From the California Highway Patrol to autonomous trucks, Grayson asks Brett what he saw in the market when he decided to retire from law enforcement and join Kodiak Robotics. Brett saw the opportunity to build upon law enforcement’s mission of saving lives.

In the end, this has the potential to save lives. In my law enforcement career that is where it all starts – saving lives and now it continues on with Kodiak.

– Brett Fabbri

As Kodiak prepares to scale, the company has to build trust and credibility in the industry, the local communities and the law enforcement community where Kodiak operates. Maintaining trust is key and Brett explains how Kodiak maintain that trust using his 30-year experience in community building.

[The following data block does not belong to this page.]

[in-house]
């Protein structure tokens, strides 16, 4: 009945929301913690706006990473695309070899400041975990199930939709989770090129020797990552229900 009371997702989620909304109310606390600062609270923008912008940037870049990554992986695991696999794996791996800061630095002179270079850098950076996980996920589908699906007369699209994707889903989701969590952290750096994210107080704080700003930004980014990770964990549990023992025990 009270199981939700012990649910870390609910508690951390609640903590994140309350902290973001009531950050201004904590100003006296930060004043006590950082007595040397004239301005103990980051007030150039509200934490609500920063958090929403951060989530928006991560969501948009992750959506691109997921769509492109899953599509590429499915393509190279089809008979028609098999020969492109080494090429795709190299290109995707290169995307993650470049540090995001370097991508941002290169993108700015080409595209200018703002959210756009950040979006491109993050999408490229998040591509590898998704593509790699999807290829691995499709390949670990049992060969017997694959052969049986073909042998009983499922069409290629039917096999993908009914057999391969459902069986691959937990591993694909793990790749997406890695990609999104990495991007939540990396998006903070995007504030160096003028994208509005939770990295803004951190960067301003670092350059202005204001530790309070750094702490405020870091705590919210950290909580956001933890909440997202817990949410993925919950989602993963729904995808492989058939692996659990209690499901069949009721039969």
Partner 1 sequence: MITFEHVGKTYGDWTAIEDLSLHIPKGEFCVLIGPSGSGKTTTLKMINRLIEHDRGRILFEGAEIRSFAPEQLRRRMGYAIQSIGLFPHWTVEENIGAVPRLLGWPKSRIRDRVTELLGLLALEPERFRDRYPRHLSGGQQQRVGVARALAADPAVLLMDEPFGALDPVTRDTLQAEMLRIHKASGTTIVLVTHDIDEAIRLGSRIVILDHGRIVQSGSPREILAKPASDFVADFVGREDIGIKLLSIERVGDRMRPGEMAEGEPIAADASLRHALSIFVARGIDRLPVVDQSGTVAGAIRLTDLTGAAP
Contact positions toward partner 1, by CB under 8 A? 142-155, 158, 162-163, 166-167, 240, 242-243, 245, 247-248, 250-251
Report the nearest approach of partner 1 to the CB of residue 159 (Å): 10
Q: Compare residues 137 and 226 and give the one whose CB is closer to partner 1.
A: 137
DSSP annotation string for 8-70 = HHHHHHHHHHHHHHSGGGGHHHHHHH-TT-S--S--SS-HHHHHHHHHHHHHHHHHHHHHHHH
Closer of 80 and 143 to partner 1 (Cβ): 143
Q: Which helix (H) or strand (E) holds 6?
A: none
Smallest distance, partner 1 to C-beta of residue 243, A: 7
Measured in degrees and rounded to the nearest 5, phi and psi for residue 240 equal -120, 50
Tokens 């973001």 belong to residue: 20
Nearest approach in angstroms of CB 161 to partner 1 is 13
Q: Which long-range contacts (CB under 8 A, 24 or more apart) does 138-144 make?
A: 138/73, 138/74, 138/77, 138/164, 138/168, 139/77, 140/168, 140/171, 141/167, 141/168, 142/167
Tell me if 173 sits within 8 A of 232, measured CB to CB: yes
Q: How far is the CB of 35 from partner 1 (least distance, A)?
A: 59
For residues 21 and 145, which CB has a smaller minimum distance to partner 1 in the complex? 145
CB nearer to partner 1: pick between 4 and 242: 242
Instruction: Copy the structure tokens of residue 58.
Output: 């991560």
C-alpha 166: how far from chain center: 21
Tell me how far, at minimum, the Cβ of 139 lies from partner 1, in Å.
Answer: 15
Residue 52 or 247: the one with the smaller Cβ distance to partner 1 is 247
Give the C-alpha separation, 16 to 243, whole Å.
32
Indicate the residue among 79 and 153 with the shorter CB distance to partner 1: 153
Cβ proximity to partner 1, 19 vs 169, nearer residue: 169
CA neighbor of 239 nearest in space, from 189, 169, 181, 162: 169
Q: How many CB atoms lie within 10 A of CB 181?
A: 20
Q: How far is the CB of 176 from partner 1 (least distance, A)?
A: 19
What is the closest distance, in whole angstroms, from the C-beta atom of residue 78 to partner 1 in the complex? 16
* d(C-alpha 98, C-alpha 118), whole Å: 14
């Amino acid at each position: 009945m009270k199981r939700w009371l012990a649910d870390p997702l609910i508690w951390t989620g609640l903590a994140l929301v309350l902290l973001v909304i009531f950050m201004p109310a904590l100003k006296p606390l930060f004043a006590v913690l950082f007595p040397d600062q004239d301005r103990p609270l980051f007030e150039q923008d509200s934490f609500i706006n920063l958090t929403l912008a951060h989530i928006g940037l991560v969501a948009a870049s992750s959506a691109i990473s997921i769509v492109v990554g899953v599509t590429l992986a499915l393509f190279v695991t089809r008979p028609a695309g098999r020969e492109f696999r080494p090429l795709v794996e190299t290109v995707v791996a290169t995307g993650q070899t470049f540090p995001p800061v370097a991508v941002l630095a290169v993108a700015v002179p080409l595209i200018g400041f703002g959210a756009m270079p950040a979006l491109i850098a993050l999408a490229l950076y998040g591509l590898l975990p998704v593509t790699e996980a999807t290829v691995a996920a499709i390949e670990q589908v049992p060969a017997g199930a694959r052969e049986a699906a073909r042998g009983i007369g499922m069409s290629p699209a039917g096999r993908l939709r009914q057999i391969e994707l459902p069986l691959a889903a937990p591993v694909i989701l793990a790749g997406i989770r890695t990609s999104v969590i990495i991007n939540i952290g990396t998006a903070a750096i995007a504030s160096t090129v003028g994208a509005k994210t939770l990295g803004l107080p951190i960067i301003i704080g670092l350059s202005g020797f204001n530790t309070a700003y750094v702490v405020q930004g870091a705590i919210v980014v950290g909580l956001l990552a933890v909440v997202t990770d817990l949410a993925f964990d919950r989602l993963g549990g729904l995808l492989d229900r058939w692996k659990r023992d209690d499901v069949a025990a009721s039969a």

Everyday in local communities there are thousands of trucks being inspected for safety with 20% of those trucks failing inspection, creating a potential hazard on the nation’s roadways. This is a hazard that autonomous trucks will be able to solve.

We are taking all the emotion out of driving.

– Brett Fabbri

With autonomous trucks on the verge of scaling nationwide, Grayson asks Brett what his peers in law enforcement think about autonomous trucks.

They have a lot of good questions. They want to know about traffic stops, collisions and how inspections processes are going to work.

– Brett Fabbri

With lots of questions, it is important to have an open line of communication with law enforcement to ensure there are no surprises and those officers know which companies are operating autonomous trucks in their jurisdiction.

Officers need to know how to pull over an autonomous truck with no safety driver on-board. This process has to be documented by the autonomous trucking company and shared with local law enforcement where the trucks are operating.